Edge of Spider-Geddon #4
Writer: Aaron Kuder
Pencillers: Aaron Kuder & Will Robson
Inkers: Craig Yeung & Will Robson
Colorist: Andres Mossa
Letterer: VC’s Cory Petit
Cover Artists: Aaron Kuder & Dean White
Variant Cover Artists: Cully Hamner & Ian Herring
Edge of Spider-Geddon is a comic mini-series written and illustrated by various writers and artists. It explores the Spider-People of different universes, some old and some new, all leading up to this fall’s highly anticipated event, Spider-Geddon.
As everything falls into place for Spider-Geddon, we make our last stop in a universe where Oscorp has changed the world, and in turn, has a tight grip on it. Norman Osborn, AKA Spider-Man, is trying to perfect a secret project of his, and will dispose of anyone getting in his way. The last person to get in his crossfire was Peter Parker, his employee and his son’s best friend. Now, Harry Osborn returns to Oscorp in order to stop his father once and for all, and rid the world of his company’s control. What exactly is Norman working on? And can Harry fulfill Peter’s final request?
While the last issue greatly disappointed me, this one definitely brought it all home, delivering in story, characters, emotion, and set-up for Spider-Geddon. This take on Norman Osborn is really fascinating, and while the story is more centered on Harry and his quest to stop him, he serves as a unique Spider-Man, and I look forward to seeing how he factors into the event, as the cover claims that he will “change the course” for it.
Harry’s story in this issue is the main driving force, as well as the heart of it. It perfectly establishes the weight of the situation, as well as the deep bond he and Peter had before the latter died. The climax especially tugs at the heartstrings, which is not an easy thing to do in just one issue, especially in a universe that we’ve never seen before. The narration from Peter’s final letter to Harry only emphasizes it, and delivered some great lines that only Peter Parker could come up with.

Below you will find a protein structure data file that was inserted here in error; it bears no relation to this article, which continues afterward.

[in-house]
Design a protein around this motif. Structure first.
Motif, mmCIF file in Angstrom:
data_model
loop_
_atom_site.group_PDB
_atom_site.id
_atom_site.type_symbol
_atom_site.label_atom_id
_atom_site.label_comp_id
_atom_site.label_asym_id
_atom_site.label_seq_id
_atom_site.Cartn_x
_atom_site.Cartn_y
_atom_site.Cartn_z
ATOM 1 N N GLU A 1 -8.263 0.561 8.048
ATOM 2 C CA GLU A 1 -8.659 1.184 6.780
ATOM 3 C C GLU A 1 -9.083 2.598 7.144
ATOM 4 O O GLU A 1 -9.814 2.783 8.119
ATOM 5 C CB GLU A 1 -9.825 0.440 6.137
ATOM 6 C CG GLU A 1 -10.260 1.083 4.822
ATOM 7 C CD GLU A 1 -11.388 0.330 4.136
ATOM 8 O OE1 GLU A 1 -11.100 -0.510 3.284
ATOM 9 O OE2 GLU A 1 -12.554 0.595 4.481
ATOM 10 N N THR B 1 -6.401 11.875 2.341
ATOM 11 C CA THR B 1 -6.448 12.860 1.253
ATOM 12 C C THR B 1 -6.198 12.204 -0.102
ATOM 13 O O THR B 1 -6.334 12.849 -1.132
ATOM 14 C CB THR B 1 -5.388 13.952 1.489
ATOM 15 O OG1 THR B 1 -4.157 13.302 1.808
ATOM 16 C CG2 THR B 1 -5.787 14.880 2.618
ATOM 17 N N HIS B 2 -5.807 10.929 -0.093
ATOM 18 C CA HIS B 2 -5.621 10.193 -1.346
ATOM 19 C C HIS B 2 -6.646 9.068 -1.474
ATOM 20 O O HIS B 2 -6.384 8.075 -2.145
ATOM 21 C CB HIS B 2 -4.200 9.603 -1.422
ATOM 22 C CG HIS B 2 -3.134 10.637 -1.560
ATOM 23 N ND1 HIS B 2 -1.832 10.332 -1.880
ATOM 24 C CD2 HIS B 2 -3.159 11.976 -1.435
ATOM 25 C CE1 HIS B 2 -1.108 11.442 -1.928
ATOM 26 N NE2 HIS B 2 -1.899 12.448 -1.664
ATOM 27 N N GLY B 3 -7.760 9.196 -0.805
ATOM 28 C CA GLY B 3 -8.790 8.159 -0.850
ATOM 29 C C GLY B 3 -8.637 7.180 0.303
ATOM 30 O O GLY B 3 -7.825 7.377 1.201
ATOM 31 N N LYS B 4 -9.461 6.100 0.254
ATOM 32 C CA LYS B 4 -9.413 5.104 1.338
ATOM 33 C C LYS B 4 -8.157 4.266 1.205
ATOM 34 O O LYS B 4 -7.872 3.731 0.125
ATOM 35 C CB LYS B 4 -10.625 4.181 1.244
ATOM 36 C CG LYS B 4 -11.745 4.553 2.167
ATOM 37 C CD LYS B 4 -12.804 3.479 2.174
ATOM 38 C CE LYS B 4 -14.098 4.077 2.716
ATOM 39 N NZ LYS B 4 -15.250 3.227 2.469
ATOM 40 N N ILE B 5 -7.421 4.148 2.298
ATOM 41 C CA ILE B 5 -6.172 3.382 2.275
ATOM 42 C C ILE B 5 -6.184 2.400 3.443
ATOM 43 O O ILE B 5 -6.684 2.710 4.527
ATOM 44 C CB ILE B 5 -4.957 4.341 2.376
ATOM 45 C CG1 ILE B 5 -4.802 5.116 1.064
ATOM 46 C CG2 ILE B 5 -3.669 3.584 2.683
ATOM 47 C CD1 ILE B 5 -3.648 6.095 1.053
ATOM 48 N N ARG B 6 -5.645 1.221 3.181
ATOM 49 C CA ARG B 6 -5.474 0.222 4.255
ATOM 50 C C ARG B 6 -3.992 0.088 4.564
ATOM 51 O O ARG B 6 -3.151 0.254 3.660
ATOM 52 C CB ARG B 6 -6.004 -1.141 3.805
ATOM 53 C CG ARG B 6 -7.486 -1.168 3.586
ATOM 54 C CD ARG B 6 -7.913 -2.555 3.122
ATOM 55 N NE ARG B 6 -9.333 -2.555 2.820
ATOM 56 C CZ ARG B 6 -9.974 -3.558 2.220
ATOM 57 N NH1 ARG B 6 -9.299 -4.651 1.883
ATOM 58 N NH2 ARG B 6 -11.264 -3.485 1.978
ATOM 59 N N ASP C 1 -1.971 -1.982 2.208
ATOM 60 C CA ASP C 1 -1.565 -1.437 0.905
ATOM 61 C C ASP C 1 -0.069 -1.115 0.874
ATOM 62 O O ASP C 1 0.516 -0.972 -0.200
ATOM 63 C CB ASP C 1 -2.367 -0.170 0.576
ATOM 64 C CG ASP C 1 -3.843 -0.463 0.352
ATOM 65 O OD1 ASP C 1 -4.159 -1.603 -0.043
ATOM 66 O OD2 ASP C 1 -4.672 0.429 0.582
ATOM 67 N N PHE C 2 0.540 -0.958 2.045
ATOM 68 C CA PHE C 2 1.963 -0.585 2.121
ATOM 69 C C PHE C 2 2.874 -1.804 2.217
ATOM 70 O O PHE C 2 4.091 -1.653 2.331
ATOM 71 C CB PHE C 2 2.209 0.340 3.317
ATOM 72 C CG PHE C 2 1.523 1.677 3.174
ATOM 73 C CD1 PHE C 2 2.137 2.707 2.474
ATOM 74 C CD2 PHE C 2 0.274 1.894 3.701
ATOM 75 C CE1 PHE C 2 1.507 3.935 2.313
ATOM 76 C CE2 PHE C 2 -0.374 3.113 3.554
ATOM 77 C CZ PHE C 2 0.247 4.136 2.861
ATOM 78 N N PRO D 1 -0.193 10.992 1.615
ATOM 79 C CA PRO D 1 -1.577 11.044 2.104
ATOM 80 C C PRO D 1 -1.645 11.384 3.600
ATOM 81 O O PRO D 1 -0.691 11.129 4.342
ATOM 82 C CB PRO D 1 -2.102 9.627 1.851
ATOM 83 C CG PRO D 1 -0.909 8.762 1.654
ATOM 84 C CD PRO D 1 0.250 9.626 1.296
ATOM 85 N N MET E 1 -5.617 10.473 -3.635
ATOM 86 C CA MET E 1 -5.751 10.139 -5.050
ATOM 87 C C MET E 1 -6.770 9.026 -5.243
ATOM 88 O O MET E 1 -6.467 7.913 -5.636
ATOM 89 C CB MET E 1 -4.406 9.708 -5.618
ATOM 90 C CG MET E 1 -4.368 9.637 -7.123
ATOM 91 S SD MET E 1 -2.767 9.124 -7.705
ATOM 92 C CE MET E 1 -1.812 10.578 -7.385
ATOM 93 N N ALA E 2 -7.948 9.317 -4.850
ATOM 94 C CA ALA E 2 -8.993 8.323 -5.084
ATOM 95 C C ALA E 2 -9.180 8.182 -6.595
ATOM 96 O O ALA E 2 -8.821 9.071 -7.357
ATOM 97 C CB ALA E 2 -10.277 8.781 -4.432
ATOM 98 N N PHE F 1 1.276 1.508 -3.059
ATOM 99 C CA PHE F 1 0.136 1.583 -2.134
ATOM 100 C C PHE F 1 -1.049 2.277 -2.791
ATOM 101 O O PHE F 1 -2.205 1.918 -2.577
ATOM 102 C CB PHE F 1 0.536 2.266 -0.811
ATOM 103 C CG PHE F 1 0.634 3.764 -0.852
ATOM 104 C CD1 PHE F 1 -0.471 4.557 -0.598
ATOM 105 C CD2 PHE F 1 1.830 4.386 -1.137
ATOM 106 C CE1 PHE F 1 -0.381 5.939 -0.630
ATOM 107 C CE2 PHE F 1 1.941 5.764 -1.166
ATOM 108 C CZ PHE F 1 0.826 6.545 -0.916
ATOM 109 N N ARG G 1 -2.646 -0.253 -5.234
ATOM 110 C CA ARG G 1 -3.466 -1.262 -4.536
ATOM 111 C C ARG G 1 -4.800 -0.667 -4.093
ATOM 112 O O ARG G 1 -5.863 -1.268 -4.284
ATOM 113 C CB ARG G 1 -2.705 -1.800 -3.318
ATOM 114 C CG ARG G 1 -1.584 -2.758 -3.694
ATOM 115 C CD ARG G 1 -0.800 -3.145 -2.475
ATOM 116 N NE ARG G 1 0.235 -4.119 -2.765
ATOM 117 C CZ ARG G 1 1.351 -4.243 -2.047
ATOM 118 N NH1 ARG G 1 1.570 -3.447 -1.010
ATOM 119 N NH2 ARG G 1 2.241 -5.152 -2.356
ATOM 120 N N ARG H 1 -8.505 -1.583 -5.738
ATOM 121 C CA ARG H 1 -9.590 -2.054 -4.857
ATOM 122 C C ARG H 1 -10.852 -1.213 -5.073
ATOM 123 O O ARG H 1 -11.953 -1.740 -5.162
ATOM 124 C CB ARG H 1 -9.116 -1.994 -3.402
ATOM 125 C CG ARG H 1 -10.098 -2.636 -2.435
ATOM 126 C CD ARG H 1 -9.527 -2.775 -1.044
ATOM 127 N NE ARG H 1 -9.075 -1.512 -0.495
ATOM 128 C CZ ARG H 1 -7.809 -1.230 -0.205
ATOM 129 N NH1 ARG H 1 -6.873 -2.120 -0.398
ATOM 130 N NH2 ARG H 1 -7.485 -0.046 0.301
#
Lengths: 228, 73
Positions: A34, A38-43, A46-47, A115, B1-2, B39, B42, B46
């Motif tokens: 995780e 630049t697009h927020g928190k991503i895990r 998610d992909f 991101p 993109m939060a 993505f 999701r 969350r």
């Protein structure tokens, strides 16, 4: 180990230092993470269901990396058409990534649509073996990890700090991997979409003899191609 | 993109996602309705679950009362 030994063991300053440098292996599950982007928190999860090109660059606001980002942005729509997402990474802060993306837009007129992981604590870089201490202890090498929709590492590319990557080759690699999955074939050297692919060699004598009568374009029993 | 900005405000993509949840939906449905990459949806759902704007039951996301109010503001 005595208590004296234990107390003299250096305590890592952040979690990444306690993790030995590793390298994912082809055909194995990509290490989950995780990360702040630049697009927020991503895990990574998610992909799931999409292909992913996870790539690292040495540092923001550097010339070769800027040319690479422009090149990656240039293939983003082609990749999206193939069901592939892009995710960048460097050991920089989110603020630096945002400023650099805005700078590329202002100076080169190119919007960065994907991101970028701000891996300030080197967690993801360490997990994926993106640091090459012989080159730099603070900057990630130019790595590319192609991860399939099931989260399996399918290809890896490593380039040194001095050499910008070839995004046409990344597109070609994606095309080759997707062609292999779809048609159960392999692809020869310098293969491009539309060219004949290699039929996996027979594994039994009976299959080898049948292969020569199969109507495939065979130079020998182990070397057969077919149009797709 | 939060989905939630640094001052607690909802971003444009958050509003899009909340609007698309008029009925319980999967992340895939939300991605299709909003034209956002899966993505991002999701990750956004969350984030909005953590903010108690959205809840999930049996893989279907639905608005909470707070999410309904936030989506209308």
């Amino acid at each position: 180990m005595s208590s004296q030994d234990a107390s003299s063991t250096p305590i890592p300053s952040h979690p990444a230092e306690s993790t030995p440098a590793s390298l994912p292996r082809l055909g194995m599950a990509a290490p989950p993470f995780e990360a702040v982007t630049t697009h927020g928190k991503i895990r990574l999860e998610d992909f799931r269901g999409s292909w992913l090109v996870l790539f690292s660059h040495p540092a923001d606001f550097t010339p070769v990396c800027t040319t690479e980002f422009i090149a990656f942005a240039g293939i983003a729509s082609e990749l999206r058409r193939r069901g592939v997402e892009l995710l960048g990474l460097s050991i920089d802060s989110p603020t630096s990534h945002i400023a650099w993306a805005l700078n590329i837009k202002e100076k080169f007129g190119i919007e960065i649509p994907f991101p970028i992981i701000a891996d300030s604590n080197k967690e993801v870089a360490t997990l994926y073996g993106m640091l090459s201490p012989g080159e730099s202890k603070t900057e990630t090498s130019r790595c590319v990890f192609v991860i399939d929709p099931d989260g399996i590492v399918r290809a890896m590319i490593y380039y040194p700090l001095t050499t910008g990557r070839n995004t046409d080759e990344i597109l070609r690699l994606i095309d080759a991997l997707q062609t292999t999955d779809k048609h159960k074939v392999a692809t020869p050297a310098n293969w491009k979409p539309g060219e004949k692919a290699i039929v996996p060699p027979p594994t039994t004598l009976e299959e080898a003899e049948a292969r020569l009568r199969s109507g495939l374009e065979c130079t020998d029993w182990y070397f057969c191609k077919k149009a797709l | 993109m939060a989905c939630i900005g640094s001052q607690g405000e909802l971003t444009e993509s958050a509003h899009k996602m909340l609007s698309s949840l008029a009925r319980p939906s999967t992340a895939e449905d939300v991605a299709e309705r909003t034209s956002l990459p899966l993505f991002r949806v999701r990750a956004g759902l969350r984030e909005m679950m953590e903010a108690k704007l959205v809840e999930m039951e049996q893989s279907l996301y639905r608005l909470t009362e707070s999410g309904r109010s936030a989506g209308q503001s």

The art isn’t all that memorable, per se, but Kuder and Robson still do an amazing job, with the highlight being Norman’s Spider-Man design. It’s more akin to the Man-Spider look, but his costume and helmet make him look like a creature from a nightmare, which works perfectly for Norman’s character. The Goblin design is very good as well, maybe a little dull in terms of color, but still good overall.
This was a very well-written and fully realized story leading into Spider-Geddon, and I’m glad this mini-series could end on a high note. The last issue felt unconfident and lacking in terms of vision and execution, while this one knows exactly what it wants to be and how to do it. All in all, Edge of Spider-Geddon has been a fun trip, and I can’t wait to hop on the roller coaster it’s been taking us to.